In proposing to cut another $400 billion from U.S. defense budgets over the next ten years as part of his deficit reduction counter-offer, Barack Obama’s words were few. Yet they were revealing.
To begin with, he listed defense spending, along with the Social Security, Medicare, and Medicaid entitlements, as part of the fiscal problem. Thus he repeated the establishment mantra that “everything” the government does must be equally “on the table.” That’s appalling accounting – the unchecked growth in entitlements are already about four times more costly than defense (including war costs) and rising – and an appalling admission that the commander in chief regards that job as just one among many.
The president then went on to praise Defense secretary Robert Gates for “courageously tak[ing] on wasteful spending, saving $400 billion in current and future [Pentagon] spending.” Like Vince Lombardi with a halftime lead, he concluded, “I believe we can do that again.”
Let’s reprise Secretary Gates’s budget-cutting accomplishments. He’s cancelled the better part of an entire generation of weapons programs: the Air Force’s F-22 fighter and C-17 cargo plane, the Army-wide Future Combat System, the Navy’s Zumwalt destroyer, the Marines’ Expeditionary Fighting Vehicle, the ground-based national missile defense plan. Those not terminated outright have been reduced and delayed: the F-35 strike fighter for the Air Force, Navy and Marines, a new tanker aircraft. Gates has also announced cuts in the size of the Army and Marine Corps, essentially eliminating the tardy and cheese-paring increases that came with the Iraq “surge” in 2007.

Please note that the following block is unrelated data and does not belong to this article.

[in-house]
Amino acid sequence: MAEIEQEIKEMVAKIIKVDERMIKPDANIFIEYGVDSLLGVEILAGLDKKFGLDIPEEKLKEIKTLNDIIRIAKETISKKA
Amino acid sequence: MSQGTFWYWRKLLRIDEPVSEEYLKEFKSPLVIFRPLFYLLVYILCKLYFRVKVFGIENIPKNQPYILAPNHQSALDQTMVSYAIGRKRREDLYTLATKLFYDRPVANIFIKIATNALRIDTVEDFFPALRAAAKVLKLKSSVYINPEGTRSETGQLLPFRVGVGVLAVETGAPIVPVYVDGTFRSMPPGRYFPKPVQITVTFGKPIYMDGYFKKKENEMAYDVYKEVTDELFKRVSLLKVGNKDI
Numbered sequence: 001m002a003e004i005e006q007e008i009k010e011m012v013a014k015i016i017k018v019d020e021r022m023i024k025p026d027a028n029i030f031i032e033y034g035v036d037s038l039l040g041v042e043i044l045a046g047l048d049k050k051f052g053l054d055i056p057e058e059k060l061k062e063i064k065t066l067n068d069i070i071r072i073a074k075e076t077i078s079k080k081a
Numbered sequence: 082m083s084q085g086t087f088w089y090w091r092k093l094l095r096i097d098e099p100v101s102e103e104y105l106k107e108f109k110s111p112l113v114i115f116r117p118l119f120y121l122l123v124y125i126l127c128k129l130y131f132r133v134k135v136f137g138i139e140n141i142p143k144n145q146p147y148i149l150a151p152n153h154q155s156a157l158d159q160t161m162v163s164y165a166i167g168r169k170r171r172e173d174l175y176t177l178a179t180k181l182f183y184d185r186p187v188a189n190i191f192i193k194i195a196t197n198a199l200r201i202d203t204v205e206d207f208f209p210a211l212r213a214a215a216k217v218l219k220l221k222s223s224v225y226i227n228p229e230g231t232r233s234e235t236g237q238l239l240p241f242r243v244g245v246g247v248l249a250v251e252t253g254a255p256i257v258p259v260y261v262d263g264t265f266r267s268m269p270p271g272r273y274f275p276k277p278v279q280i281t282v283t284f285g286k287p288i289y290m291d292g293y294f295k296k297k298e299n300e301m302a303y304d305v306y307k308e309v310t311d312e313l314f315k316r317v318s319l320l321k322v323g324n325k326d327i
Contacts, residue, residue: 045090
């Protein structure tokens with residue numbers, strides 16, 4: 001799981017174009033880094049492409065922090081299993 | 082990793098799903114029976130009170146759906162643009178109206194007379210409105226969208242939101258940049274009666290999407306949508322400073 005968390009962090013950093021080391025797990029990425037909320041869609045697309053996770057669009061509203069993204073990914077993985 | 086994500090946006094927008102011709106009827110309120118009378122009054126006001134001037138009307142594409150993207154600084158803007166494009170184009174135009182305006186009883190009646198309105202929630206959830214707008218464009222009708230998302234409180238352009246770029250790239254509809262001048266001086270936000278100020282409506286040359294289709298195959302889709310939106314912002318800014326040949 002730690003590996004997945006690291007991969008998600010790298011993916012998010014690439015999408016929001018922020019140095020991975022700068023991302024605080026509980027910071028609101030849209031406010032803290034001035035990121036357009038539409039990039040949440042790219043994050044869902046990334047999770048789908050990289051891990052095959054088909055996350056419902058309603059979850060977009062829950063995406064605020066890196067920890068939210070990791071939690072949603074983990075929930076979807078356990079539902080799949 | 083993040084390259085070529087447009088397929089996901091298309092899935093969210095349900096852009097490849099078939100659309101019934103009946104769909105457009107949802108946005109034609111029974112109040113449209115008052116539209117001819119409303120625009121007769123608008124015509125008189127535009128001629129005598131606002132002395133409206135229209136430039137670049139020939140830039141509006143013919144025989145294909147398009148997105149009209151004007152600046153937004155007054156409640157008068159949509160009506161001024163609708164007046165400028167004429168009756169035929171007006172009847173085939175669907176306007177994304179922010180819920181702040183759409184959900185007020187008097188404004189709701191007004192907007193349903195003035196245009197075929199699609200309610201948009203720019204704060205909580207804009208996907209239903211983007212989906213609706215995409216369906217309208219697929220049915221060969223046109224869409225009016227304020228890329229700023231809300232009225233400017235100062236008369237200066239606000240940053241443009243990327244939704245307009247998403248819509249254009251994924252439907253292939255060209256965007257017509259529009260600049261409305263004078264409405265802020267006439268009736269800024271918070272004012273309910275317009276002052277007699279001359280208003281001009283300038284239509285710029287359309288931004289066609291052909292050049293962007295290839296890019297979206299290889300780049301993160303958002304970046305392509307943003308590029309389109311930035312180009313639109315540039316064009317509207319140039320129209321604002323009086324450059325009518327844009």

Indeed, it will be very difficult to ‘do it again’ on the modernization accounts; there’s not too much left to cut or stretch out. And further reductions in the size of the force, particularly among American land forces, is a way of asking those in uniform to again to more with less.
What’s also likely to be in the ‘do it again’ category is the pace of military operations. The president pretends he will conduct a “fundamental review of America’s missions, capabilities and role in a changing world” as though he can alter fundamental facts about the international system – the world, for better or worse, will not function in the same way as American military power wanes – like an investment portfolio. Nor has he, in the White House, acted much differently than his predecessors.
But things that can’t go on forever don’t. Going to war one week and cutting defense spending the next week is a recipe for future tears.
House Republicans began the conversation about the future of America and its government, highlighting the road to future prosperity. Barack Obama answered by arguing the case for domestic tranquility. Who will make the case for American national security?